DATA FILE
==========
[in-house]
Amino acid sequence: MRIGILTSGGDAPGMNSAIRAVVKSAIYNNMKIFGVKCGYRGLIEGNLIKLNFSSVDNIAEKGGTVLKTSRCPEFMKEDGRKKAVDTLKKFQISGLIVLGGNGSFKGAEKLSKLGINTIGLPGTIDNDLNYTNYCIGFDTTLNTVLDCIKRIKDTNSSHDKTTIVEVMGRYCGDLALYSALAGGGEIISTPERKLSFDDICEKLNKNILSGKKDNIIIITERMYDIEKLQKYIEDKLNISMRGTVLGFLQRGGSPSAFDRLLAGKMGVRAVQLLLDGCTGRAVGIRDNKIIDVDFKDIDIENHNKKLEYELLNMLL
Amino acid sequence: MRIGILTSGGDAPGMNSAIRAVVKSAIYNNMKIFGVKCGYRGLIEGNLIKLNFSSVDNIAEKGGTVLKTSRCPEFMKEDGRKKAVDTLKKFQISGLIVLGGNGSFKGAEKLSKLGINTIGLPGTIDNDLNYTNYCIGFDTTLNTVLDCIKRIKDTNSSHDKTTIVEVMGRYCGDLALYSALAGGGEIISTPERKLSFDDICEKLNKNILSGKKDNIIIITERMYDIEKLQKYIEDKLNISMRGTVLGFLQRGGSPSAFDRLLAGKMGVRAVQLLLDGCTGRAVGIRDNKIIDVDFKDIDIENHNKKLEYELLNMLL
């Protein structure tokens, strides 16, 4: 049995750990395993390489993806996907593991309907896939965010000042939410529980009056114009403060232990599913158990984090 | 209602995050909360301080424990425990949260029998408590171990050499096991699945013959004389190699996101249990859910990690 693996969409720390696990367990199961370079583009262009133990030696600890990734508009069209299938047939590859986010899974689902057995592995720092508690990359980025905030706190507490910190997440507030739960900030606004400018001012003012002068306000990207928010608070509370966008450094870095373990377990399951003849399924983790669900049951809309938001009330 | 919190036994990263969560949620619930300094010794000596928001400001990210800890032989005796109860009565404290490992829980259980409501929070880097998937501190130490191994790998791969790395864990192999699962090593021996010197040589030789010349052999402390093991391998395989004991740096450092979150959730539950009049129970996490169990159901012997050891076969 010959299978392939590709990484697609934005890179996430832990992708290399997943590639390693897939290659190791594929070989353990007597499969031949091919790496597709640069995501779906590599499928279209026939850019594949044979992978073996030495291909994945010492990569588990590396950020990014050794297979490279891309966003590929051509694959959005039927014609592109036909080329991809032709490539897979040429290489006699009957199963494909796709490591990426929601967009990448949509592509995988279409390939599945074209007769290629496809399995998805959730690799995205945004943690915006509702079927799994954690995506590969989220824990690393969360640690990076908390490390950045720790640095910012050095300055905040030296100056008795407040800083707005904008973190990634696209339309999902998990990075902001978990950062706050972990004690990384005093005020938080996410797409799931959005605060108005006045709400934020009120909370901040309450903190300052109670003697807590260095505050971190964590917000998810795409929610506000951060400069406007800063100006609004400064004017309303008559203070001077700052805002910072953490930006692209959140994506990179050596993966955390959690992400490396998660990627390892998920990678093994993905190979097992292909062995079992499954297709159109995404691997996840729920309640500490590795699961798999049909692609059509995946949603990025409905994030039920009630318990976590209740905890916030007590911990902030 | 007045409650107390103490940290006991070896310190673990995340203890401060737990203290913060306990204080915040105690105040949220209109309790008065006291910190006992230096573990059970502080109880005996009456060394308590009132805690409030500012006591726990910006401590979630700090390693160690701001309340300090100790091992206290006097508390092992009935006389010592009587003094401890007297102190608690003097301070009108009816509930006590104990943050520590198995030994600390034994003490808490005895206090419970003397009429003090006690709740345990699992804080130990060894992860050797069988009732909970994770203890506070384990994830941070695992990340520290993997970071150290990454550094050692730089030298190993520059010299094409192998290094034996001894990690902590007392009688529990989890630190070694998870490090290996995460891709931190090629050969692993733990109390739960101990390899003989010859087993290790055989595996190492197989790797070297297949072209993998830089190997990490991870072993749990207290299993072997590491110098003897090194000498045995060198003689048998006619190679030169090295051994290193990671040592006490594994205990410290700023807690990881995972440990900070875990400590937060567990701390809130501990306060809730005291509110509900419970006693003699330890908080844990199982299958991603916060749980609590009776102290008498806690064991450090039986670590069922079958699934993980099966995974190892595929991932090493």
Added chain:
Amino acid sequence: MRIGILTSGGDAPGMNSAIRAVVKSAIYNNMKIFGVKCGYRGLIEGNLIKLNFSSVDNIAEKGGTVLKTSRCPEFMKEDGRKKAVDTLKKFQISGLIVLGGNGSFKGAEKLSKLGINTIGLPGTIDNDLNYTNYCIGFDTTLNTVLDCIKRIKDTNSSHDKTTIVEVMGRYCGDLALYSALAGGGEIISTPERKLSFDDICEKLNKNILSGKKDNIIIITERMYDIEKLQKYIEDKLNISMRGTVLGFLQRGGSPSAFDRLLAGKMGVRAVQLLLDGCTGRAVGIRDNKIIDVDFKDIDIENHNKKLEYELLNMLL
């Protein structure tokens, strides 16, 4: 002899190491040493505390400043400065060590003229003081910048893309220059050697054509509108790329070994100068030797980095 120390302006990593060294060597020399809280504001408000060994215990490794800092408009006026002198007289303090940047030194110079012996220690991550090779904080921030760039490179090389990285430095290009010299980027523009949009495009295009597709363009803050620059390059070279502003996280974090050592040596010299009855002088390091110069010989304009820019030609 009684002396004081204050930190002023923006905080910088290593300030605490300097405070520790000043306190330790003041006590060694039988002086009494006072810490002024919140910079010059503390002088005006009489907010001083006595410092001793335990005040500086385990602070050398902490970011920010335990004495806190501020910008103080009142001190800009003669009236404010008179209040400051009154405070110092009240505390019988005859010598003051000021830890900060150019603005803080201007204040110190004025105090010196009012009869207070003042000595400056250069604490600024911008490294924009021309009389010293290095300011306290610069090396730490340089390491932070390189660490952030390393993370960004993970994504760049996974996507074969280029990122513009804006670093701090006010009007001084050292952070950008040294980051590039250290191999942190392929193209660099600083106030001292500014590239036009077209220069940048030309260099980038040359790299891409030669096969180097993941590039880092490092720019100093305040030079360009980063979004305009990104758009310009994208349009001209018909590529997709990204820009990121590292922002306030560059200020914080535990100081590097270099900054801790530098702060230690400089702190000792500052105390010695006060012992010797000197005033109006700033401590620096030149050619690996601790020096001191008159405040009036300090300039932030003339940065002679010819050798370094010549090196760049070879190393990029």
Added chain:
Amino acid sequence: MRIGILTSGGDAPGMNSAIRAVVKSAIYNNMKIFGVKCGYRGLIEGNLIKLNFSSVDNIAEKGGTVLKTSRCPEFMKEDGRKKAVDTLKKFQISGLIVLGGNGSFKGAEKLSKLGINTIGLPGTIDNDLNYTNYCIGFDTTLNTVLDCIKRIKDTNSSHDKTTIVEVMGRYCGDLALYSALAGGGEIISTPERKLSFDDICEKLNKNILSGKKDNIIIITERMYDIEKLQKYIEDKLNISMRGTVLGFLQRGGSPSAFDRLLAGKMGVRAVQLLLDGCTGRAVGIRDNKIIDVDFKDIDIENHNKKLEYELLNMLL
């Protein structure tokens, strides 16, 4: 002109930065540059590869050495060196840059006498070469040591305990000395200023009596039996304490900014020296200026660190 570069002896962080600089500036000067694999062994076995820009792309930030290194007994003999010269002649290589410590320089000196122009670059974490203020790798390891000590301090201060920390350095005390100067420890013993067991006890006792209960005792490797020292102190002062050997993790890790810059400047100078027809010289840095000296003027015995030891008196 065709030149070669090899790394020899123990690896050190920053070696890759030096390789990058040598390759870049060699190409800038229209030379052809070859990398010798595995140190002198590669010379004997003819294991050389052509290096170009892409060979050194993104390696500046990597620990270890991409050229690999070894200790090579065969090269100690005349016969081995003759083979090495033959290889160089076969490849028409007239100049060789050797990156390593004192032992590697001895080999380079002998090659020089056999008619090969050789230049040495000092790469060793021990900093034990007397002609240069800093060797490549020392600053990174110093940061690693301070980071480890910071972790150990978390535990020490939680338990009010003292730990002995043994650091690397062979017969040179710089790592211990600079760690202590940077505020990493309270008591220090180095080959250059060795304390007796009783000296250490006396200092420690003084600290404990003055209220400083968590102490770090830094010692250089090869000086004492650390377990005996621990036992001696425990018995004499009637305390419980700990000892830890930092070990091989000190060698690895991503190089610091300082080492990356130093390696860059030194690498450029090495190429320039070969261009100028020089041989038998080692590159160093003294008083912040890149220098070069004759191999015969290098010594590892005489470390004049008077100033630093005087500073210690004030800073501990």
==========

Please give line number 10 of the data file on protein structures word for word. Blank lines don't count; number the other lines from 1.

């Protein structure tokens, strides 16, 4: 002109930065540059590869050495060196840059006498070469040591305990000395200023009596039996304490900014020296200026660190 570069002896962080600089500036000067694999062994076995820009792309930030290194007994003999010269002649290589410590320089000196122009670059974490203020790798390891000590301090201060920390350095005390100067420890013993067991006890006792209960005792490797020292102190002062050997993790890790810059400047100078027809010289840095000296003027015995030891008196 065709030149070669090899790394020899123990690896050190920053070696890759030096390789990058040598390759870049060699190409800038229209030379052809070859990398010798595995140190002198590669010379004997003819294991050389052509290096170009892409060979050194993104390696500046990597620990270890991409050229690999070894200790090579065969090269100690005349016969081995003759083979090495033959290889160089076969490849028409007239100049060789050797990156390593004192032992590697001895080999380079002998090659020089056999008619090969050789230049040495000092790469060793021990900093034990007397002609240069800093060797490549020392600053990174110093940061690693301070980071480890910071972790150990978390535990020490939680338990009010003292730990002995043994650091690397062979017969040179710089790592211990600079760690202590940077505020990493309270008591220090180095080959250059060795304390007796009783000296250490006396200092420690003084600290404990003055209220400083968590102490770090830094010692250089090869000086004492650390377990005996621990036992001696425990018995004499009637305390419980700990000892830890930092070990091989000190060698690895991503190089610091300082080492990356130093390696860059030194690498450029090495190429320039070969261009100028020089041989038998080692590159160093003294008083912040890149220098070069004759191999015969290098010594590892005489470390004049008077100033630093005087500073210690004030800073501990």